1. Who is narrating PS, I Love You? How does this affect the novel?
2. Where is the story located? What affect, if any, does location make to the story? Why?
3. What/when is the climax in this novel?
Climax: The high point of the action, when the conflict or problem could either be resolved or cause a character’s downfall.
4. What/when is the resolution?
Resolution: The conflict or problem is solved and normalcy or a new order is restored.
5. Look at the first two paragraphs of chapter one. What is going on? What information does Cecelia Ahern provide at this early stage to set up the story that follows?
6. Do you consider Holly brave for coping the way she did when her husband died, or is it simply something you have to do (a bit like Ciara felt about bungee jumping)? Discuss these two opinions.
7. Holly isn’t the only one moving on in this novel. Discuss who else experiences a transformation in PS, I Love You. Why is it important that we see the characters moving on?
8. How would you describe Holly at the beginning and at the end of the novel. Who was she and who has she become?
9. Which item or items on the list have moved you the most? Why?
10. Cecilia Ahern uses a garden as a metaphor. For what? What other metaphors have you found in this novel and how do they enrich the storyline?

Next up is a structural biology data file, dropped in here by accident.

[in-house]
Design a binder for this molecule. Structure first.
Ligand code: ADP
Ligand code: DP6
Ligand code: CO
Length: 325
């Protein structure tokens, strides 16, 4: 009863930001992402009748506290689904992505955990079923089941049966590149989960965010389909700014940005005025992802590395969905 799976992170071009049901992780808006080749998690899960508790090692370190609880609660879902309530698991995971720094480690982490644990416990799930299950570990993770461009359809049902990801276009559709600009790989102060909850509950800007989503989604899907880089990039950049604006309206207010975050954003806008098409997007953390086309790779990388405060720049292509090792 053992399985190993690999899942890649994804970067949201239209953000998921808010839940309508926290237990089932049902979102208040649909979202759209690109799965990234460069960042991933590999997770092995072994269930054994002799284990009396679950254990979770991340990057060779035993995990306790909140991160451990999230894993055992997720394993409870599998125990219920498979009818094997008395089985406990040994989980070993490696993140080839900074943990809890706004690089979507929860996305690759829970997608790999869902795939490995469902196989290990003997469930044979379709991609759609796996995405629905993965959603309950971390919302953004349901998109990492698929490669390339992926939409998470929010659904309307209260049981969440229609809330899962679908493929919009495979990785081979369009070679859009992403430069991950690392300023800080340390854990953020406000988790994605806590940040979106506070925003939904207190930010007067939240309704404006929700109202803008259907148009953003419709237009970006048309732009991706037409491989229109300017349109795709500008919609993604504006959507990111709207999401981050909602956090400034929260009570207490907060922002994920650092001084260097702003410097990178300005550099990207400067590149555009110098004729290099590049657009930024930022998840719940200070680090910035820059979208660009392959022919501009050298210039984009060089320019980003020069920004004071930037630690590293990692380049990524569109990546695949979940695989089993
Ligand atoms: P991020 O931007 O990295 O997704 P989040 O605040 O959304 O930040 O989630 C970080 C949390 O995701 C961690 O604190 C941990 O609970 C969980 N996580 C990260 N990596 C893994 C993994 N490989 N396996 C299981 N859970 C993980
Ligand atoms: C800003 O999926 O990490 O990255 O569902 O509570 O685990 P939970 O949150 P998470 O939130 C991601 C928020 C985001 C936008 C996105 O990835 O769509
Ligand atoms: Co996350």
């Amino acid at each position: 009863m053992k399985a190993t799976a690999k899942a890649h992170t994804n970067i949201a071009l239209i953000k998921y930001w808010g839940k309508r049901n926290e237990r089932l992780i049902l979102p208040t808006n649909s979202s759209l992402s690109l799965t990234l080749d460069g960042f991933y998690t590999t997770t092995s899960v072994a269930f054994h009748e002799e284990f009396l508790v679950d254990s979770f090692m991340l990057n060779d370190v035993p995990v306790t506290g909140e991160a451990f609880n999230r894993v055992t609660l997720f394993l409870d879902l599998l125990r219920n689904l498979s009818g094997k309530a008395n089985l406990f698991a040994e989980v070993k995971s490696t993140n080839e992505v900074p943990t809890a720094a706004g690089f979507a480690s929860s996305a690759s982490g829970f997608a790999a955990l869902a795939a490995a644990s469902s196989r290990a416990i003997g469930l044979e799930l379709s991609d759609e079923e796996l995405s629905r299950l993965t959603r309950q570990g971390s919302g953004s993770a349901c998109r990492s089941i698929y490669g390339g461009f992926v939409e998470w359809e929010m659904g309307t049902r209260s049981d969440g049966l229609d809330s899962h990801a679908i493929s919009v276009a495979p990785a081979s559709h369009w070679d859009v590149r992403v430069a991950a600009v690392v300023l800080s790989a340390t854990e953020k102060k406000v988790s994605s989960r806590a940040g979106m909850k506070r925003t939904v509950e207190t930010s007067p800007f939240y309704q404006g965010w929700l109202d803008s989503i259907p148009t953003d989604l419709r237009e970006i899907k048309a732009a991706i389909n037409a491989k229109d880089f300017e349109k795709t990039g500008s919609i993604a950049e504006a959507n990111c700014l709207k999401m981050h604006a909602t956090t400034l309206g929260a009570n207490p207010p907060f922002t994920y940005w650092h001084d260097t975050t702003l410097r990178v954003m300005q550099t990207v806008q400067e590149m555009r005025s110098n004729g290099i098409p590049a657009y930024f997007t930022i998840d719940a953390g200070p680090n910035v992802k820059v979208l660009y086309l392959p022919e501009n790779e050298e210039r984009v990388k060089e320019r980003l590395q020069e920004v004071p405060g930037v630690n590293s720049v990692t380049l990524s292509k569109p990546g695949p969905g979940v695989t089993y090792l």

11. What do you think of Gerry’s last letter? Do you think one year is too soon for Holly and if so or if not so, why do you think this?
12. There are many different covers of this novels. Discuss the different ones and what you think of them. Which one appeals most and why? What would you like to put on the cover of this novel.
13. How (if) has PS, I Love You affected you? Has it maybe had an impact on your close relationship(s)? Share it with your book club members if you feel comfortable doing so.
Questions that work better when looked at before the discussion evening. You can opt as a book club to select the ones that sound attractive and decide who is looking into which one.
1 Research the life of the author. Cecilia Ahern was only 21 when she wrote this novel. Does it show? If so, how? What autobiographic elements can you find in this novel?
2.This novel knows many interesting characters. Study a character into more detail while reading and report during your discussion night. Think about Holly and Gerry, but also about Holly’s family. Let someone get to know her mum better, her eldest brother Richard and her only sister Ciara. Holly’s friends also play a role in the novel, so you can also opt for these characters, such as Sharon and Denise. And then there is Daniel…
3. Let someone make notes of some sentences that you are sure stuck out for many of you. See also the few examples in my blogpost. There are many more beauties to be found.